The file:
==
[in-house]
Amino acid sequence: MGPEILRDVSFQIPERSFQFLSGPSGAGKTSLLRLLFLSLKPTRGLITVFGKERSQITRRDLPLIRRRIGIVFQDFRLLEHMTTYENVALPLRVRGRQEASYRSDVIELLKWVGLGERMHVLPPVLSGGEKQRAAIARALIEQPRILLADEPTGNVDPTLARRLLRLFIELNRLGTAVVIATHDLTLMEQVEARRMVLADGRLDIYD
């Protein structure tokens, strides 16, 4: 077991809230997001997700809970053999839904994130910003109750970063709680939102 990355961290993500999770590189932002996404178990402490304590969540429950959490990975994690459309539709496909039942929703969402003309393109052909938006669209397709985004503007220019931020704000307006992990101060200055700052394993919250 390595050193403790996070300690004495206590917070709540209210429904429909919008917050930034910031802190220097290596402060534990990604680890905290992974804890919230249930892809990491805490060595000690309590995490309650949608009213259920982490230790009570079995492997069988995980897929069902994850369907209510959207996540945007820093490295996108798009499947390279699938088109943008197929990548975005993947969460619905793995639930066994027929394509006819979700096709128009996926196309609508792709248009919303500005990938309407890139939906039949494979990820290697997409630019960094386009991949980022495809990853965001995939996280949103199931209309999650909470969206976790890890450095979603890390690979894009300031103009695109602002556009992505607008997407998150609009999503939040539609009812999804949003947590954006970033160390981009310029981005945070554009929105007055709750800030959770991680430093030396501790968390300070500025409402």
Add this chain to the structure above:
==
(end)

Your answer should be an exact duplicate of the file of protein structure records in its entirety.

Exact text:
[in-house]
Amino acid sequence: MGPEILRDVSFQIPERSFQFLSGPSGAGKTSLLRLLFLSLKPTRGLITVFGKERSQITRRDLPLIRRRIGIVFQDFRLLEHMTTYENVALPLRVRGRQEASYRSDVIELLKWVGLGERMHVLPPVLSGGEKQRAAIARALIEQPRILLADEPTGNVDPTLARRLLRLFIELNRLGTAVVIATHDLTLMEQVEARRMVLADGRLDIYD
């Protein structure tokens, strides 16, 4: 077991809230997001997700809970053999839904994130910003109750970063709680939102 990355961290993500999770590189932002996404178990402490304590969540429950959490990975994690459309539709496909039942929703969402003309393109052909938006669209397709985004503007220019931020704000307006992990101060200055700052394993919250 390595050193403790996070300690004495206590917070709540209210429904429909919008917050930034910031802190220097290596402060534990990604680890905290992974804890919230249930892809990491805490060595000690309590995490309650949608009213259920982490230790009570079995492997069988995980897929069902994850369907209510959207996540945007820093490295996108798009499947390279699938088109943008197929990548975005993947969460619905793995639930066994027929394509006819979700096709128009996926196309609508792709248009919303500005990938309407890139939906039949494979990820290697997409630019960094386009991949980022495809990853965001995939996280949103199931209309999650909470969206976790890890450095979603890390690979894009300031103009695109602002556009992505607008997407998150609009999503939040539609009812999804949003947590954006970033160390981009310029981005945070554009929105007055709750800030959770991680430093030396501790968390300070500025409402």
Add this chain to the structure above: